This resulted in the people of Houston putting forth a petition in order to overturn the law. And of course the fair authorities declared that there were not enough names on the petition even though the numbers far exceeded the required amount of signatures. This did not sit well with the citizenry of Houston so that there was another legal uprising which included at least five pastours in Houston. Needless to say the lesbian mayor (whom I choose not to mention) decided that she wanted no dissenting voices from the clergy. With that decision it was further decided that the people of God had to turn over their speeches to congregants particularly in respect to discussions on homosexuality (http://www.thepoliticalinsider.com/frighten-every-american-believes-freedom/). The clergy members continue to stand against the tyranny of a few that seek only to push an agenda that is largely unwanted.

I stand with these men of God. I, too, stand against the immorality of homosexuality. The law in place in Houston is an unjust law on many fronts. Among the ideas presented is the fallacious idea of illegal discrimination against homosexuals. Perhaps the, ah, good mayor of Houston should be reminded of the idiom coined by Augustine, “An unjust law is no law at all.” Wait a minute! This mayor is certainly not familiar with the teachings of Church fathers so perhaps she should be reminded of the constitutional amendments. Never mind, she apparently is not familiar with those either. Nonetheless the fact of the matter is that the few homosexuals not only in this country but also in Houston suffer no discrimination. They have jobs and are not denied housing. The Supreme Court, and other lower courts, have even chimed in and declared that States banning same sex marriages are acting anti-constitutionally. This seems strange to me as I have found no place in the Constitution that supports heterosexual marriage. How then can there be clauses for same sex marriages?

The fact of the matter is that this mayor does not care about anything except her own agenda. Her agenda has nothing to do with what she was elected mayor to do. Now, I really don’t care how homosexuals choose to live. Yes, it is an offense to God and directly opposed to His Word. Still God has provided choices if we will walk in a holy manner or live according to the rudiments of the flesh. Well, I choose holiness and so do those faithful ones in Houston. I stand with them and will not bend to the winds of perversion which seek only to destroy a nation whose founding is predicated on the freedom Scripture provides. I will not give in to the feel good legislation that causes only a few to feel good for but a moment of time. I will not give in and I will not give up!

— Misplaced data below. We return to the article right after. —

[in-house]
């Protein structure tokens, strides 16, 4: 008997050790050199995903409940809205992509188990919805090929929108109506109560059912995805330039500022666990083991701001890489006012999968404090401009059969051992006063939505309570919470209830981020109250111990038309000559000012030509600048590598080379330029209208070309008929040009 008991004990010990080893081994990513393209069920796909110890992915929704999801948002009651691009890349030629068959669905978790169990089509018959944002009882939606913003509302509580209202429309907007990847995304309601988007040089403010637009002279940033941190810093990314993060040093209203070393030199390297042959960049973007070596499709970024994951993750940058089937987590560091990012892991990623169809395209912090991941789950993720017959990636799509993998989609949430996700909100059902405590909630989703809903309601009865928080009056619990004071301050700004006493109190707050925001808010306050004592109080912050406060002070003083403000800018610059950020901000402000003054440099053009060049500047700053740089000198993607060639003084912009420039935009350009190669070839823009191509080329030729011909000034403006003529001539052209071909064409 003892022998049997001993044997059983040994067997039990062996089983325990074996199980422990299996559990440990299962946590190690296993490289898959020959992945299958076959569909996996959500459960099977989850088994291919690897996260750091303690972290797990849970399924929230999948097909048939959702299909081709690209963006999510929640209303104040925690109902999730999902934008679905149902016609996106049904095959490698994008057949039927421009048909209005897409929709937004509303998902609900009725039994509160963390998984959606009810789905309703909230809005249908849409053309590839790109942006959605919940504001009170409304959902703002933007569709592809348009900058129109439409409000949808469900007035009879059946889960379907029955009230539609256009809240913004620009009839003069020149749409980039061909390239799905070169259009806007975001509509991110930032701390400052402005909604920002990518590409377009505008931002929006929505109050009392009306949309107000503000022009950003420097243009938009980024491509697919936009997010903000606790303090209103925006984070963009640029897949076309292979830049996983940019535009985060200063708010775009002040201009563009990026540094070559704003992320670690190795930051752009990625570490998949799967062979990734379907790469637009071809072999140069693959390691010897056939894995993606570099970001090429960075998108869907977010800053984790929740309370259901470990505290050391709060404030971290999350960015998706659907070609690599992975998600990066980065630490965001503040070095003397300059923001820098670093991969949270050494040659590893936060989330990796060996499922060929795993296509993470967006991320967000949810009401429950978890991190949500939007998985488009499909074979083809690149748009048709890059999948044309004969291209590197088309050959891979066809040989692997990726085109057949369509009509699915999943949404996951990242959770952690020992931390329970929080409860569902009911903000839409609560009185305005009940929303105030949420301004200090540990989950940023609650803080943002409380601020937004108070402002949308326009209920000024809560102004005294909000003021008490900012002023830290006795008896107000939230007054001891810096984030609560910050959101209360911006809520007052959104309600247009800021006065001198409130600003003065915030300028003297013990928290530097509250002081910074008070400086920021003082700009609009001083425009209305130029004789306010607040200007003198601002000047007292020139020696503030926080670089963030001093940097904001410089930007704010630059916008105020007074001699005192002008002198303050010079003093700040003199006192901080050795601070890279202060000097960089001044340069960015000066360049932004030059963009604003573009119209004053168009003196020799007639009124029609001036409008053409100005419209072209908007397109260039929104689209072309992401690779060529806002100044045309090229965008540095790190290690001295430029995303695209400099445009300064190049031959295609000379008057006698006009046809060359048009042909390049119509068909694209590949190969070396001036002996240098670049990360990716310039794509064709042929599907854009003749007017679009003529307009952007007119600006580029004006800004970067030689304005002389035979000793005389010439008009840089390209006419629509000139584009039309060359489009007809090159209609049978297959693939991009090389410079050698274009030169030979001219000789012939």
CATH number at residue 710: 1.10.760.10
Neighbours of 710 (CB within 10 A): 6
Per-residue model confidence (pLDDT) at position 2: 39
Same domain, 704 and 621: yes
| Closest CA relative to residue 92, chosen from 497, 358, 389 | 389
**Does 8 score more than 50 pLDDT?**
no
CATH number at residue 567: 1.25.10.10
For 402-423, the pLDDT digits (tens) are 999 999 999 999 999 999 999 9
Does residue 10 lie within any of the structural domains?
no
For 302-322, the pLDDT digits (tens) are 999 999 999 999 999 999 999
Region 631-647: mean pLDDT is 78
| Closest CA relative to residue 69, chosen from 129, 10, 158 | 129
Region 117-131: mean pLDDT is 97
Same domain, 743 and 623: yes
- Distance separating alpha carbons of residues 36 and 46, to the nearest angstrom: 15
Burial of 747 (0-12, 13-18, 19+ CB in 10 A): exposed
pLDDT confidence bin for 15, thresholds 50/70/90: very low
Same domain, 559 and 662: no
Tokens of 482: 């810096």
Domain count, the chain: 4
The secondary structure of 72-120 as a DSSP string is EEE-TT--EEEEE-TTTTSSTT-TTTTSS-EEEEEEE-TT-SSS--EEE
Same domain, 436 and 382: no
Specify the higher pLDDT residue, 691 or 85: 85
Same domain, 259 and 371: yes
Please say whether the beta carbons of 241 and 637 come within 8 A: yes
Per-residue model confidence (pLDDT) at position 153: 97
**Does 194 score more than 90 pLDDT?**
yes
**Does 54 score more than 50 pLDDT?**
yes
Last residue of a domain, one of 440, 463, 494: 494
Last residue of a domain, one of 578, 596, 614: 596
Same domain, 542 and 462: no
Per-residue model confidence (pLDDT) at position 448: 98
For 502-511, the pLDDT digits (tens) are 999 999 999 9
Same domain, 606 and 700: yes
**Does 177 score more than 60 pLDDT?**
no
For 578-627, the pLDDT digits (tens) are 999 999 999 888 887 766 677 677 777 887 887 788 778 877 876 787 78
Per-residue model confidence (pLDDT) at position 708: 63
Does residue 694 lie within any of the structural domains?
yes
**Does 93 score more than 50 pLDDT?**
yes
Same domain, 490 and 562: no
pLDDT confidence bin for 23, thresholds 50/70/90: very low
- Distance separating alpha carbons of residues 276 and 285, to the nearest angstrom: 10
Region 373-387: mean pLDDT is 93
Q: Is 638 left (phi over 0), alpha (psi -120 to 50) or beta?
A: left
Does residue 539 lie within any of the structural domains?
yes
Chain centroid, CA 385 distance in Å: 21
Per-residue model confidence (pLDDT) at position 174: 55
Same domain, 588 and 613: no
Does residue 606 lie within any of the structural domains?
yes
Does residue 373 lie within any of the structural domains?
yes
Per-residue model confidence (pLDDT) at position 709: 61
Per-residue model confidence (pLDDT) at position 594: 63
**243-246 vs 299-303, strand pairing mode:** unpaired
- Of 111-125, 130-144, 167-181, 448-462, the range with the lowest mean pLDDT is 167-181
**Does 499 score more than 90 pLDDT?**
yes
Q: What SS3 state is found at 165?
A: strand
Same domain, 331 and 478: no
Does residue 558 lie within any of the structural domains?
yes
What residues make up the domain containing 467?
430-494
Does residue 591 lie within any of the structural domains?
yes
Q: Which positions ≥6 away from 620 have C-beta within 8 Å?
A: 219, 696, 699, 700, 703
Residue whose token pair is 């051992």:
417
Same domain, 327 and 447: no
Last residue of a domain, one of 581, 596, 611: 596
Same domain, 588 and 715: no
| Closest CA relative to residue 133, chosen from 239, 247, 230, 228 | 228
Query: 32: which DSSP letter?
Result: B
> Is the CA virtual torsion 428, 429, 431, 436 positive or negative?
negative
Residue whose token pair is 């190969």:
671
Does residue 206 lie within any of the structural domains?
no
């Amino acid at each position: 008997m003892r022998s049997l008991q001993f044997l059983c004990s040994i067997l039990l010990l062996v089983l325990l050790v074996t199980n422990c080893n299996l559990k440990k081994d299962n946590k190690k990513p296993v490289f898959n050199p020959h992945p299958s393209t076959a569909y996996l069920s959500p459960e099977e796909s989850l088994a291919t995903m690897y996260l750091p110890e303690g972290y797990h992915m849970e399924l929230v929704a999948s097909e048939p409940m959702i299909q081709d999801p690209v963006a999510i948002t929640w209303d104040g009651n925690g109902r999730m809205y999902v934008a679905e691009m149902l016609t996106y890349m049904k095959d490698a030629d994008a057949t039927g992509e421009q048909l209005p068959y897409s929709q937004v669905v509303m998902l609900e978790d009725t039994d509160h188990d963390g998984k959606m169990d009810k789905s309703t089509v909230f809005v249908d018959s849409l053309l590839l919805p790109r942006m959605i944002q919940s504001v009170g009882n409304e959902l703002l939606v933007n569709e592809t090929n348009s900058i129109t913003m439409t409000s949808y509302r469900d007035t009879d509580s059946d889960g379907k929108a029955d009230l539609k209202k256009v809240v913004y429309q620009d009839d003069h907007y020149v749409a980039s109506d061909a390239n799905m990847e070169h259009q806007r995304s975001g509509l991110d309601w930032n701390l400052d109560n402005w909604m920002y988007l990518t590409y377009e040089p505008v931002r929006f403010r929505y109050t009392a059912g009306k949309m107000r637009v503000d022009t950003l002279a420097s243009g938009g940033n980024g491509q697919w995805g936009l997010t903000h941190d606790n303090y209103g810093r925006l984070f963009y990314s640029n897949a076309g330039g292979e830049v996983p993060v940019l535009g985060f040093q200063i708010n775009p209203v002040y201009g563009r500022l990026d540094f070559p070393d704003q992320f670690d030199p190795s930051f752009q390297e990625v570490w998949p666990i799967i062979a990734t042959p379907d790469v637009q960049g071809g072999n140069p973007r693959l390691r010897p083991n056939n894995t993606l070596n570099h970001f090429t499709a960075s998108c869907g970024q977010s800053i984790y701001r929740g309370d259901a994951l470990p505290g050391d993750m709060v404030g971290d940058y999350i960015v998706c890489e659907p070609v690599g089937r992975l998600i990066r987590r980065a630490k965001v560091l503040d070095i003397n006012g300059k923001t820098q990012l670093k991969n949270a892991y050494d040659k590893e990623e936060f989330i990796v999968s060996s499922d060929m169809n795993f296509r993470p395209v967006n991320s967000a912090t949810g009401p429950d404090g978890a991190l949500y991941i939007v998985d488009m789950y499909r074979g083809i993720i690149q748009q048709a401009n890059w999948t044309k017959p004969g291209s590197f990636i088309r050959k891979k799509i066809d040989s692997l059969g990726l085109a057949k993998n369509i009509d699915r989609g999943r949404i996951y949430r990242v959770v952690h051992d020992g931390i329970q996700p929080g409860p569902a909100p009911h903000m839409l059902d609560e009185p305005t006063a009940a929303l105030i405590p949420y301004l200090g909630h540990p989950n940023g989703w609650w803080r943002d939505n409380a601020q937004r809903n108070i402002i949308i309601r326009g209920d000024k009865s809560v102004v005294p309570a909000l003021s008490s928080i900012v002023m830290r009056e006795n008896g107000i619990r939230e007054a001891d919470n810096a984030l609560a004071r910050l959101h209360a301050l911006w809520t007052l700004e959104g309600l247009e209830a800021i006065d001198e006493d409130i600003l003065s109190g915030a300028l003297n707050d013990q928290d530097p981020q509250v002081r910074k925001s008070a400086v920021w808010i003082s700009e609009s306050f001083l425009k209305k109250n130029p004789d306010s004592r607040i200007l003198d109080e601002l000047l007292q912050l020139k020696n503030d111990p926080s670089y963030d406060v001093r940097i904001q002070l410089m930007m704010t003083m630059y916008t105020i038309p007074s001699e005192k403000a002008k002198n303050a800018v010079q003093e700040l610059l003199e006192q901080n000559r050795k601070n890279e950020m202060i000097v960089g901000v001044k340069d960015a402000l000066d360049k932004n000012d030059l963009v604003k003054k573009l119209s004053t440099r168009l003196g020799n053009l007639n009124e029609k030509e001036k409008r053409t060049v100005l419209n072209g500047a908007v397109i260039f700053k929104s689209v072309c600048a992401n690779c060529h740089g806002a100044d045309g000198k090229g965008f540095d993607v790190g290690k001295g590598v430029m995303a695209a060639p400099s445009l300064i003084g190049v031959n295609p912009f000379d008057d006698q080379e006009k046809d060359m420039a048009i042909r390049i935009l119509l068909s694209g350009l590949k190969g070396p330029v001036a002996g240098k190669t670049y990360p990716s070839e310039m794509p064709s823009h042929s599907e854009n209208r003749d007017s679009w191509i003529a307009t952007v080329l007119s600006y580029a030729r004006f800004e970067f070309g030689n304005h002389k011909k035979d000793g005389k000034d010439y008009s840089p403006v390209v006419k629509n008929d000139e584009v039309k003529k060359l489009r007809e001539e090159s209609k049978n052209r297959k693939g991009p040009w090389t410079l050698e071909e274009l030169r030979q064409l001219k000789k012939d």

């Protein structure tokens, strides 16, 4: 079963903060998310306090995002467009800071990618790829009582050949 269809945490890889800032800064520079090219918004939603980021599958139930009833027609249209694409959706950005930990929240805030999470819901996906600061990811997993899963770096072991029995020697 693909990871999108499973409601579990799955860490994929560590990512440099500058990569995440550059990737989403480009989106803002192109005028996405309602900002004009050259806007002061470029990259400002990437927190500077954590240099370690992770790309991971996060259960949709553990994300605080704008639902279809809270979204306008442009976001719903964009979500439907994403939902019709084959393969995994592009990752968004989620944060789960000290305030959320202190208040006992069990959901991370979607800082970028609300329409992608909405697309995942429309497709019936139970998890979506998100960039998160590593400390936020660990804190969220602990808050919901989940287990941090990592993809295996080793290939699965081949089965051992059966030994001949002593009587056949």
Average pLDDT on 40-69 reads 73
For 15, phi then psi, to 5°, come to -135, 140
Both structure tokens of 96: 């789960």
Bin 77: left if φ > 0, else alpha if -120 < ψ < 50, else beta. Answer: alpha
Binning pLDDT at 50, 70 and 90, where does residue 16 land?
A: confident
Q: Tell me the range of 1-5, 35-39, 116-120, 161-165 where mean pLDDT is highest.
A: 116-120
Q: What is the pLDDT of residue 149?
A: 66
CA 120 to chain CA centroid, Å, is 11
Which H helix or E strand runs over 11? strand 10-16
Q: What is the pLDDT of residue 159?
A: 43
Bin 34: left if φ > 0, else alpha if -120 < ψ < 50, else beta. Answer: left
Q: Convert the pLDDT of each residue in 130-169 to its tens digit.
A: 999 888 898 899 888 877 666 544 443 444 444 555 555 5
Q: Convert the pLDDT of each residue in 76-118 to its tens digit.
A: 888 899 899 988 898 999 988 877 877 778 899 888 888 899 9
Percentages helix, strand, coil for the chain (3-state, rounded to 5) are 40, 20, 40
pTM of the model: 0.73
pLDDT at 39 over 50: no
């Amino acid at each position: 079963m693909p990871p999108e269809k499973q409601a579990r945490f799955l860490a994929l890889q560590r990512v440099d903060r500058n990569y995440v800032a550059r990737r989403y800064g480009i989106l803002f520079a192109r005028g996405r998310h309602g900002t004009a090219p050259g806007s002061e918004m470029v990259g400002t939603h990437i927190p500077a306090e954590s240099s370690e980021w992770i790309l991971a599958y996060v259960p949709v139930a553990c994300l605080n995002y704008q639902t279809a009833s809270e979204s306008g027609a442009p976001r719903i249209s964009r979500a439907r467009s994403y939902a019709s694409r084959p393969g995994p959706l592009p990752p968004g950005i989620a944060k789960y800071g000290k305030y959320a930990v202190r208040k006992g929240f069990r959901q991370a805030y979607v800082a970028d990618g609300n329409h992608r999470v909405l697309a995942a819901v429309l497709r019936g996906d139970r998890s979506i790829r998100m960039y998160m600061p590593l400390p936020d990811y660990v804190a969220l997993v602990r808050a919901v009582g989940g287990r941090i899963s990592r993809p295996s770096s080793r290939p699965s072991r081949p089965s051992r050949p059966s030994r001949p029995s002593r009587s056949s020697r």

If it sounds like I am taking this matter personally you can bet that I am. I am more than weary of political hacks telling me what I can and cannot preach over the pulpit. I am sick and tired of my fellow clergy members being threatened because they stand on the Word of God. I have had more than I am willing to take and I am fully in support of the First Amendment which affords me not only the right to worship God but also the absolute write to say what I will in respect to same. Yes, dang blast it, I have had enough and will not sit idly by while my country is being run over not only by illegal immigrants but also my rights are being stripped away piece by piece. Well, enough already! It is time for Christians to stand and to stand uncompromisingly.

You men of God down in Houston, I stand with you. No, I do not hate homosexuals I just love the Word of God more. And, it may as well be stated that I won’t marry some heterosexual couples never mind homosexuals. I simply will not go against the teachings of the Word of God because I fear God way more than I will ever fear man. No, I will not succumb to the threats of imprisonment or to ruthless tactics of the IRS. Yes, there are some that stand on the principles of God and it is with them I stand!

Ode to Clergy

October, yes this month is set aside as “Clergy Appreciation Month” so I can think of no better time to express thanksgiving and appreciation to those clergymen who have played a part in my life.

To start, it was about fifty years ago that I came into this world. While I have no express remembrance of the day I can say of a certainty that the day was great and wonderful. You see I was named after my maternal grandfather, the late Reverend William James Smith. Yes, this naming of me set the stage for whom and what I am to be. This Baptist pastor gave me a clergyman to look up to. And why not, I bore his name and it appears that name has propelled me into the profession we share. Yes, it was a day that is written in the annals of time that started me on a path, a path most definitely.

But my grandfather, that preacher in my life, was not the only preacher to influence the indelible light within. You see I can and will never forget the pastor of my youth, the pastor called Reverend Waters. Yes, I remember that strong-handed man as he preached and taught. I did not know until years later, much later, that I was his favourite because I took interest in what was said and posed questions to that end. While Reverend Waters is no longer with us his imprint is sure; this preacher, this pastor this clergyman began to point me in a direction, a direction of service for God.

These two were impactful and part of me they will ever be. Yet there is at least one other, another that has grave significance to me. I speak of the one and only Dr. Wayne E. Anderson. Now, here is a man, a preacher, a teacher, a clergyman for sure. It is because of him that I began to work, no not merely with my hands but a work that started from within. Because of him, service was learned and by him, ministry was birthed. Forget him, no way no how. It is because of the boldness of this man that in boldness I learned to stand.